Depending on the distance between home and workplace, many young people cannot afford to take a job unless it is close to where they live. Given the fact that much of the available employment for first-time employees is on or just above minimum wage, it becomes imperative that the cost of travelling to work is minimised.
One way of doing so is to own a cheap second-hand diesel car and take advantage of the lower cost of the fuel and the longer distance gained as a result. For many families it is often more economic to receive social welfare than take up employment that is unsustainable because of the transport costs involved.
3. Damage to social interaction in rural areas
A recent report by Senator Marie Louise O Donnell, 'Finite Lives', highlighted the benefits of healthy social interaction as a means of fighting loneliness. Unfortunately, due to the scattered settlement nature of housing in rural areas many households live far from pubs, halls, football pitches etc.
Many parents find there is a necessity to have two cars so their children can participate in sporting and cultural activities. For hard-pressed families the only decision to make is to forgo the activities so necessary for their children's' development.
We are seeing the demise of the Irish pub partly due to necessary strict drink-driving controls.
For older people the cost of a taxi or other means of transport would also increase if diesel is hit, making socialisation events unaffordable.
4. Increased cost of services
The Post Office, banks, health services and many more tell us they are leaving rural Ireland because remaining there is cost prohibitive. An increase in diesel does nothing to ease that pressure.
Equally for people needing to get to hospital appointments, taking children to schools (remember free school transport only applies outside a three-mile limit) or the many other necessary family events we need to attend, there is already an unavoidable cost. New services, which are already scarce in areas like these, will not be proposed.
5. A blow to investment in agriculture, towns and villages
One of the measures promoted by government policy to raise the profile of villages is the encouragement of job creation. In many rural areas, this means establishing small enterprises. Again because of rural location this can mean some higher costs, particularly if there is a need for a delivery fleet to ensure their products get to market.
There is also an extra cost in getting raw materials to rural locations.
Remember, the average income on Irish farms is just above €24,000. Diesel, essential for running farms, is already a significant cost. Any proposed increase would squeeze incomes and production output even further.
6. There is no provision for alternative transport
Local community transport is still woefully underfunded and the proposed rural taxi scheme failed to take off. Electric cars are not tenable and since goods can only be moved with diesel-based transport, rural areas are a long way from an alternative.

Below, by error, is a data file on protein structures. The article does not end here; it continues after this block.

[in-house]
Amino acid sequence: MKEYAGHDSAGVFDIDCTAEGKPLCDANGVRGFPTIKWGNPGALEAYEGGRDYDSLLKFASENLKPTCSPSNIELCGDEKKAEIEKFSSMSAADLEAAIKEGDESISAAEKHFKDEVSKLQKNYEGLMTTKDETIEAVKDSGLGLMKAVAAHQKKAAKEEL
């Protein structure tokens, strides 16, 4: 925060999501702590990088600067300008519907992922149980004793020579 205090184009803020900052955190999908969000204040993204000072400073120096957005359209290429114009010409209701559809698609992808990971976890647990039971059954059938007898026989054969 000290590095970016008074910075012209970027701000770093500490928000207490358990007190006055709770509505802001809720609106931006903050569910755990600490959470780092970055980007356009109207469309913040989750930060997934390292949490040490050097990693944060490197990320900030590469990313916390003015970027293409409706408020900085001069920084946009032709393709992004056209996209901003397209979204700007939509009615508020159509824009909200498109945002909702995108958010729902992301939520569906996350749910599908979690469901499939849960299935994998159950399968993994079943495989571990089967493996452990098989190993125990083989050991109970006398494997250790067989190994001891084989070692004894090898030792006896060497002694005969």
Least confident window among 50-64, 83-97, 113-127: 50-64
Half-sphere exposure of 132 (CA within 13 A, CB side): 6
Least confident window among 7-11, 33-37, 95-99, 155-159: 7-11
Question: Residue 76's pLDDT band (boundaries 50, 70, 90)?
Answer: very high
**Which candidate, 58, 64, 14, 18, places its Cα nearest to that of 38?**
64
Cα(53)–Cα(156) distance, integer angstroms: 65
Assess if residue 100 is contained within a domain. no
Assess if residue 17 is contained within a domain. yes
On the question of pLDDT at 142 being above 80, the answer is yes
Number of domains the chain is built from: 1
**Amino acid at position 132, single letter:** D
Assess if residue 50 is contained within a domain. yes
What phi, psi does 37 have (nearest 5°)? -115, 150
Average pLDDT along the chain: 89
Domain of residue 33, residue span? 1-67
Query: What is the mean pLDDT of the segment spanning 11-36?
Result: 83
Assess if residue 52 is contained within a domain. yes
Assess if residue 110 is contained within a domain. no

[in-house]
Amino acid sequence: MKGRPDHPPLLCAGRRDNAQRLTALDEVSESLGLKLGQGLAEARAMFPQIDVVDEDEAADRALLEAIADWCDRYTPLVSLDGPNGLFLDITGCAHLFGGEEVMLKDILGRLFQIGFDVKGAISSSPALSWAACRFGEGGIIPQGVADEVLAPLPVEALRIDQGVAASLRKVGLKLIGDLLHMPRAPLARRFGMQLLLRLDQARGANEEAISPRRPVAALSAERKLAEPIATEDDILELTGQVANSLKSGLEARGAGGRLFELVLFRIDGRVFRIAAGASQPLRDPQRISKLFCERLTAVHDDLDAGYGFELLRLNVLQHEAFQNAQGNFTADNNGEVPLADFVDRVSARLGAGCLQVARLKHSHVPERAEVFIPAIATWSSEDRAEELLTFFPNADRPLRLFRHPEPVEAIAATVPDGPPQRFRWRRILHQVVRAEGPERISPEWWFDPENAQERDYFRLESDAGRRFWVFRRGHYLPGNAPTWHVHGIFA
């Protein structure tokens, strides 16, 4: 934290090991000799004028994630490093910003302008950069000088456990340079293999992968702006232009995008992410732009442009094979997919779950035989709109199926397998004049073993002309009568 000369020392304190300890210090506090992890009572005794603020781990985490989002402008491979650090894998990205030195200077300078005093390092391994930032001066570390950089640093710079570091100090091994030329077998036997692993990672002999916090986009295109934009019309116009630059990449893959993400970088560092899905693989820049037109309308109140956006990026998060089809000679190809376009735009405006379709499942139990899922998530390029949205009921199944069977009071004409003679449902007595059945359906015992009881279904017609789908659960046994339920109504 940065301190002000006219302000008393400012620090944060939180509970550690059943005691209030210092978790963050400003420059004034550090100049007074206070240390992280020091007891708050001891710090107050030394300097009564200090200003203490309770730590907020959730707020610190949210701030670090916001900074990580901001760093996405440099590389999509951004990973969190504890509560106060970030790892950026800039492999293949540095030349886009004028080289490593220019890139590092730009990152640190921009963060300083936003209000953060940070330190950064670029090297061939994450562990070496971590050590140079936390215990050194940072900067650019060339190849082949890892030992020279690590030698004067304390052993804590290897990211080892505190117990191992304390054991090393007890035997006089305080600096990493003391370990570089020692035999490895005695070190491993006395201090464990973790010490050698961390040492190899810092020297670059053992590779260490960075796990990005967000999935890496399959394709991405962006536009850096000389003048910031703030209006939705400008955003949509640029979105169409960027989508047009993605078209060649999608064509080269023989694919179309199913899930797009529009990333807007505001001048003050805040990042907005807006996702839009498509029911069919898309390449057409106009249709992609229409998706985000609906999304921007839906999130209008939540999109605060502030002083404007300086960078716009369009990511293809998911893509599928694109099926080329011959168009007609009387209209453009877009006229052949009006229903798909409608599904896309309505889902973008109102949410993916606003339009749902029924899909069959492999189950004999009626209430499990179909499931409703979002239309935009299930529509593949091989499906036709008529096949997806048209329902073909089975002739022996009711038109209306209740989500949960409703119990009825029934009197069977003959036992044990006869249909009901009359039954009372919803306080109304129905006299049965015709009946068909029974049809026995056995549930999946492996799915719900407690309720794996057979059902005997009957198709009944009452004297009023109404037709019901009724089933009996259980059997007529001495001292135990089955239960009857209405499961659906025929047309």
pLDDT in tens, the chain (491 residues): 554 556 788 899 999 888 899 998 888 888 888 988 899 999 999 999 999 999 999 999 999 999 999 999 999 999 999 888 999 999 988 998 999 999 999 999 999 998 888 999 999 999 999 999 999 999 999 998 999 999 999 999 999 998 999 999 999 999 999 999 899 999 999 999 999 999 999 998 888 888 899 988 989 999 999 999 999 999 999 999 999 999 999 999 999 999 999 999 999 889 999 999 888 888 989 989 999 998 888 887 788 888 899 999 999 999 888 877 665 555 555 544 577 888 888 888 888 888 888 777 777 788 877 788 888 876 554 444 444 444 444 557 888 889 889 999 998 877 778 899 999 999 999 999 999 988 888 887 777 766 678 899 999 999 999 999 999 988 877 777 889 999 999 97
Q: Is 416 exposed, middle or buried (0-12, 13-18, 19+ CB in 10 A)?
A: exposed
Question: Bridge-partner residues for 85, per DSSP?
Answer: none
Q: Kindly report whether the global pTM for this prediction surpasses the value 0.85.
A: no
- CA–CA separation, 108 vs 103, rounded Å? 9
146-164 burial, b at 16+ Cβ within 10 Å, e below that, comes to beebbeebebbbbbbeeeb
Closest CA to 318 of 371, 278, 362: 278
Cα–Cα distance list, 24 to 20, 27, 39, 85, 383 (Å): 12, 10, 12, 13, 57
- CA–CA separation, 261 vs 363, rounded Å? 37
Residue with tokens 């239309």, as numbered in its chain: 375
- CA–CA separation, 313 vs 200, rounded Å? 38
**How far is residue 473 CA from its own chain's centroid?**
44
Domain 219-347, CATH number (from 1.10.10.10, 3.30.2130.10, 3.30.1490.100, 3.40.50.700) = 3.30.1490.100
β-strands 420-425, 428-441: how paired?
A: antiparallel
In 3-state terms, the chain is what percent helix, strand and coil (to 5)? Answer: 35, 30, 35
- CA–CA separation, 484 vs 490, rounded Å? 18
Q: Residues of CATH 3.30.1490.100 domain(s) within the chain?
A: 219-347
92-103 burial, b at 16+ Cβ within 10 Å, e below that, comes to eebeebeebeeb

Taxation, particularly tax introduced to encourage development of a public good offers something in the provision of alternatives.
Sadly, as the carbon tax introduced in 2010 shows, people affected cannot easily reduce the use of motor transport. In rural areas it is a necessity. Instead they make savings on food, or other essential services.
7. No ring fencing of monies raised to ease the hardship
The failure to ringfence any of the hated carbon tax and use it to ease the costs of transport should warn us that proposals to use tax earned in this way to help lift the burden in rural regions will fall on deaf ears. The paucity of thinking in imagining alternative transport and alternative tax reliefs is incredible and is guaranteed to lead some into poverty.
8. The proposal will not work
As the carbon tax has shown, reduction in carbon emissions does not follow from the imposition of punitive taxes. Around 40pc of our population live in rural areas. Their cars are not a luxury. The availability of diesel vehicles allows some respite for normal family life.
Of course any threat to health needs to be at least minimised or even ended.
However, it is of no consolation to families whose income is under severe pressure, who must choose other ways that equally affect their well-being (including health), that they must once again take a hit without any benefit.
Remember they will still have to use their diesel cars. Imposing a penal tax without any consultation or counter proposals to ease the pain, simply compounds the feeling that the views and feelings of people most affected are dispensable.
The solution? Acknowledging there is a problem and a little bit of imaginative thinking in resolving it.
Seamus Boland is CEO of Irish Rural Link